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Near Sharpsburg in Washington County, Maryland — The American Northeast (Mid-Atlantic)
 

Antietam Station

Railroad to Reunion

 

— Antietam Campaign 1862 —

 
Antietam Station Marker image. Click for full size.
By Craig Swain, July 28, 2007
1. Antietam Station Marker
Inscription.  
After the Battle of Antietam on September 17, 1862, soldiers’ families traveled by rail to Hagerstown or Frederick, and then by horse and buggy to the site to recover the bodies of loved ones or to search for survivors. Thus began a constant stream of battlefield visitors that still continues. A regular Decoration Day commemoration (a forerunner of Memorial Day) began in May 1868 with a parade through Sharpsburg and the decoration of soldiers’ graves.

In 1883, the Shenandoah Valley Railway reached Sharpsburg, where the small frame Sharpsburg Station welcomed visitors to town. Every Memorial Day thousands of veterans and families passed through the station to attend parades and reunions. Soon, slate curbing and wide walkways flanked the road from the station to the cemetery. Norway maples, some of which still survive, were planted beside the road to shade veterans and their families.

Fire destroyed Sharpsburg Station in 1910, and the next year the Norfolk & Western Railway completed the present freight and passenger station in time for the 50th anniversary of the battle. Veterans also returned for the 75th anniversary in
Antietam Station Marker image. Click for full size.
By Devry Becker Jones, October 11, 2020
2. Antietam Station Marker
Unfortunately, the marker appears to have suffered weather damage.
1937; President Franklin D. Roosevelt attended the huge reenactment.

The station, renamed Antietam after two trains collided when engineers confused the words Sharpsburg and Shepherdstown, closed late in the 1950s. A private citizen bought it and turned it around so that the bay window, which once allowed stationmasters to look up and down the tracks, faced the road.
 
Erected by Maryland Civil War Trails.
 
Topics and series. This historical marker is listed in these topic lists: Railroads & StreetcarsWar, US Civil. In addition, it is included in the Former U.S. Presidents: #32 Franklin D. Roosevelt, and the Maryland Civil War Trails series lists.
 
Location. 39° 27.09′ N, 77° 46.138′ W. Marker is near Sharpsburg, Maryland, in Washington County. Marker is on Shepherdstown Pike (Maryland Route 34), on the left when traveling north. Touch for map. Marker is in this post office area: Sharpsburg MD 21782, United States of America. Touch for directions.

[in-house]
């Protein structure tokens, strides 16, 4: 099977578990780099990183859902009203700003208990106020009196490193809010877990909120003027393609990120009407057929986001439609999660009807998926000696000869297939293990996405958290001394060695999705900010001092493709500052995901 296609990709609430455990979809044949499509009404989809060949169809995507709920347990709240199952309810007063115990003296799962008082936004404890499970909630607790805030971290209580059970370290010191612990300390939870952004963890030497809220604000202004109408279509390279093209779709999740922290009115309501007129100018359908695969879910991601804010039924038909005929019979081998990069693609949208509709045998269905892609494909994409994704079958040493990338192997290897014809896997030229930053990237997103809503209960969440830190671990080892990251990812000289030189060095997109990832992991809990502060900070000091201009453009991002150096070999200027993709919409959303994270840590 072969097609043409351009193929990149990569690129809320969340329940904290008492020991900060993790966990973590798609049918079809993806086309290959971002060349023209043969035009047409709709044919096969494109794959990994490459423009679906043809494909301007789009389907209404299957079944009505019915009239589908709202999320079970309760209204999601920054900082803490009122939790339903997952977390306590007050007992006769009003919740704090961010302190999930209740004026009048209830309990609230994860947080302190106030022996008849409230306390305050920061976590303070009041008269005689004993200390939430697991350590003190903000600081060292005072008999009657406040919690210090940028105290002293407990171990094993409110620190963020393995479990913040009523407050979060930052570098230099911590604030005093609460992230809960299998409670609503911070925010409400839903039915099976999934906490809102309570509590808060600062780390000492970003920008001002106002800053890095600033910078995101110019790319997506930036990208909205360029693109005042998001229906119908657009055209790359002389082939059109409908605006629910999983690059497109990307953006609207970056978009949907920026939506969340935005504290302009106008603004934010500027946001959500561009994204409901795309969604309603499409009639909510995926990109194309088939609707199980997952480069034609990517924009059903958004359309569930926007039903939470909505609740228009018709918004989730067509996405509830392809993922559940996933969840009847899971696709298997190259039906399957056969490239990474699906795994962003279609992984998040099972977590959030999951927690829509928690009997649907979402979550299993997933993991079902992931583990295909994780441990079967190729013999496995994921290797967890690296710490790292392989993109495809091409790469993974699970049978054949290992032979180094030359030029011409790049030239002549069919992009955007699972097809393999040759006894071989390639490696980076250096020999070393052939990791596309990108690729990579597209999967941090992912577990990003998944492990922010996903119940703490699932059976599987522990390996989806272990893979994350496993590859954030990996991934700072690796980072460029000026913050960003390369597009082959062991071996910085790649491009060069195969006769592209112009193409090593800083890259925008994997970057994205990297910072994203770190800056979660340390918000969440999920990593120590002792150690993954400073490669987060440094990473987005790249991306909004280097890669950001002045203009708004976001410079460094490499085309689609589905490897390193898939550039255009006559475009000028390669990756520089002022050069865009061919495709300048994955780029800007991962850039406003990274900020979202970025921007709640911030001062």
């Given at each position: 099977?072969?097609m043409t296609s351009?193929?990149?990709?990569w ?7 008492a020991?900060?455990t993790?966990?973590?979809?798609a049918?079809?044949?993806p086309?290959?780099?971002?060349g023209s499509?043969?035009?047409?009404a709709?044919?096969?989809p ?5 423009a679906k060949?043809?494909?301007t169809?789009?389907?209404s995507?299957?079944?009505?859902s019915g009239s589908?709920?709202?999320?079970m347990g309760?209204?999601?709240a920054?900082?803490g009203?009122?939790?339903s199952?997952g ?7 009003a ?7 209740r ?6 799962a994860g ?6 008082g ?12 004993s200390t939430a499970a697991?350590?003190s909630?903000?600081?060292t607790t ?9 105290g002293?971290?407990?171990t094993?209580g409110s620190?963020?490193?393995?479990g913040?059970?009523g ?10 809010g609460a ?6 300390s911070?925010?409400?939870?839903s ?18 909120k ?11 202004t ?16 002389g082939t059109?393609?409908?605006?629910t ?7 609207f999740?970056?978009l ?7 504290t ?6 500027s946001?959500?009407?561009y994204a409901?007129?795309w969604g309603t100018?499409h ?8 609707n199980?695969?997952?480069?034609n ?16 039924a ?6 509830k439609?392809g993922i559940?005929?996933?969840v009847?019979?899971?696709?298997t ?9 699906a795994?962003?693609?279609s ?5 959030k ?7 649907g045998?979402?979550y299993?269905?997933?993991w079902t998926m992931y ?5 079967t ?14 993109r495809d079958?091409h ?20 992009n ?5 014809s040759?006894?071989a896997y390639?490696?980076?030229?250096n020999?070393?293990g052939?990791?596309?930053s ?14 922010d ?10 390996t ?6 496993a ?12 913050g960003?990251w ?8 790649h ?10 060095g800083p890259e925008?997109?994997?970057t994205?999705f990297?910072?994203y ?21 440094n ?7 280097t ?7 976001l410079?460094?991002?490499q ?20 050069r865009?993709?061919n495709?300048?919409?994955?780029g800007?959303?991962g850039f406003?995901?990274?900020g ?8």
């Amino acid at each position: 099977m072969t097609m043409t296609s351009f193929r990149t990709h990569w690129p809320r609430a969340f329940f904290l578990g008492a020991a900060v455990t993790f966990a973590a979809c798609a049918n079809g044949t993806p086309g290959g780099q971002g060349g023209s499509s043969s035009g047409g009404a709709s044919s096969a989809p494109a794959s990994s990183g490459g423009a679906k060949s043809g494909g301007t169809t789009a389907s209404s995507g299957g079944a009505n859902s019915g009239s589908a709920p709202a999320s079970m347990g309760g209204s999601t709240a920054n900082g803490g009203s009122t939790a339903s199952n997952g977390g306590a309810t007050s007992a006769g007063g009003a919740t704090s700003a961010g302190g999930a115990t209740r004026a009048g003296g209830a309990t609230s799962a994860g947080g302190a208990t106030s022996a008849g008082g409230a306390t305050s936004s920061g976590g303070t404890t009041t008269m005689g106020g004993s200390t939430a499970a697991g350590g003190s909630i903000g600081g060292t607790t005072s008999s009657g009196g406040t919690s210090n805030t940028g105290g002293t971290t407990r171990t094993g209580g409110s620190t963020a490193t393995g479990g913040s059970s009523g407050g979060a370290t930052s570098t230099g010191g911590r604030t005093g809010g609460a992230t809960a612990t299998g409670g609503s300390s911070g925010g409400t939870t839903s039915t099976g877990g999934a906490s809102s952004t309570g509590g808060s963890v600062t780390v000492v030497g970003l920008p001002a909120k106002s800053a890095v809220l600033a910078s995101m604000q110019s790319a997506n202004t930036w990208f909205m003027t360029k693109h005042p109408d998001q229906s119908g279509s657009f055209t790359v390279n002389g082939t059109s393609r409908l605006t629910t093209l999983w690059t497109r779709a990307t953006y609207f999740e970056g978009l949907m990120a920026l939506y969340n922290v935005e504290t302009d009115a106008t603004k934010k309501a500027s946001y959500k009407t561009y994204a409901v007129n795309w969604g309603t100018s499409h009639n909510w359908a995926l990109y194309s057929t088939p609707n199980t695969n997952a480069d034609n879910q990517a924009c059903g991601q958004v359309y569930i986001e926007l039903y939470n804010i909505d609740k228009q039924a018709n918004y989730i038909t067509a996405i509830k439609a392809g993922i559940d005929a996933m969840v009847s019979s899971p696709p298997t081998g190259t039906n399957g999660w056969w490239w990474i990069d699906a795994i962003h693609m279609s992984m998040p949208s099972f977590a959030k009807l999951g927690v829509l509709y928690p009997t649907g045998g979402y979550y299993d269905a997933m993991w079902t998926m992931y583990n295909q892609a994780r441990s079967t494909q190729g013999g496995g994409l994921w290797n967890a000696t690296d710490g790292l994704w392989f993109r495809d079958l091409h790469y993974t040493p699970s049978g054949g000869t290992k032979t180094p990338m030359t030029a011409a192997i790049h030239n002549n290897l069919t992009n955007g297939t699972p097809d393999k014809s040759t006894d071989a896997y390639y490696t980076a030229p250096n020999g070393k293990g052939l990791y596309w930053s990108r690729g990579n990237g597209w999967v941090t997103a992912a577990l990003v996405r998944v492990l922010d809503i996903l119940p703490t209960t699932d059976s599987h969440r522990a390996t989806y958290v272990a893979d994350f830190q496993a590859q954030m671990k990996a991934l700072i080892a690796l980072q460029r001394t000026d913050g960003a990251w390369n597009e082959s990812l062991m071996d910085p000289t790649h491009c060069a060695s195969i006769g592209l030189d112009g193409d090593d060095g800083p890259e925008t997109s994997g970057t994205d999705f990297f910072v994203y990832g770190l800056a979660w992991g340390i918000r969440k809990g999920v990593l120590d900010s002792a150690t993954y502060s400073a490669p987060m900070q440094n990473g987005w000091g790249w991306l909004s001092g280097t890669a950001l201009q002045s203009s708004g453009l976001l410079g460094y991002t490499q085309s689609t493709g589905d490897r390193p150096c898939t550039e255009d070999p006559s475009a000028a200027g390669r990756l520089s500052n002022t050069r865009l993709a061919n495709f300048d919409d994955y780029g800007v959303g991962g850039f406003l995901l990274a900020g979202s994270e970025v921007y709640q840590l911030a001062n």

Other nearby markers. At least 8 other markers are within 2 miles of this marker, measured as the crow flies. The Civil War Veterans Walkway To Glory At Antietam (about 500 feet away, measured in a direct line); 1862 Antietam Campaign (approx. 0.2 miles away); Grove Farm (approx. 0.2 miles away); Headquarters Site Gen. R.E. Lee (approx. half a mile away); Jacob Highbarger House
Marker in Front of the Restored Station image. Click for full size.
By Craig Swain, July 28, 2007
3. Marker in Front of the Restored Station
(approx. one mile away); First Methodist Cemetery (approx. one mile away); William Chapline House (approx. 1.1 miles away); The Historic Grove House (approx. 1.2 miles away). Touch for a list and map of all markers in Sharpsburg.
 
More about this marker. The marker features a drawing of the station by Annie Lemarie and a picture of the station as it looked while in operation. The caption for the latter is, The Federal government’s Antietam Battlefield Commission erected this monument in 1898. The monument is composed of eight original Parrott cannon (none of which were at the battle), set breach down on a granite block, with a pyramid of cannon balls perched atop the muzzles. The monument was disassembled in the mid-1930s, but the granite foundation remains today.
 
Additional keywords. Antietam Campaign 1862, N&W Railroad
 
Antietam Station Marker image. Click for full size.
By Allen C. Browne, October 19, 2019
4. Antietam Station Marker
at 17230 Shepardstown Pike.
Antietam Station and Marker image. Click for full size.
By Brian Scott, September 19, 2015
5. Antietam Station and Marker
Location of the Granite Marker image. Click for full size.
By Craig Swain, July 28, 2007
6. Location of the Granite Marker
Inscription, "Battle of Antietam Fought Near Here Sept. 17, 1862." The cannon were removed and placed inside the National Battlefield Park to the north, most going to the cemetery.
Closeup of Granite Marker image. Click for full size.
By Bill Coughlin, April 11, 2011
7. Closeup of Granite Marker
Antietam image. Click for full size.
By Allen C. Browne, October 19, 2019
8. Antietam
 
 
Credits. This page was last revised on October 12, 2020. It was originally submitted on August 3, 2007, by Craig Swain of Leesburg, Virginia. This page has been viewed 2,588 times since then and 10 times this year. Photos:   1. submitted on August 3, 2007, by Craig Swain of Leesburg, Virginia.   2. submitted on October 12, 2020, by Devry Becker Jones of Washington, District of Columbia.   3. submitted on August 3, 2007, by Craig Swain of Leesburg, Virginia.   4. submitted on October 24, 2019, by Allen C. Browne of Silver Spring, Maryland.   5. submitted on October 27, 2015, by Brian Scott of Anderson, South Carolina.   6. submitted on August 3, 2007, by Craig Swain of Leesburg, Virginia.   7. submitted on April 14, 2011, by Bill Coughlin of North Arlington, New Jersey.   8. submitted on October 26, 2019, by Allen C. Browne of Silver Spring, Maryland. • J. J. Prats was the editor who published this page.
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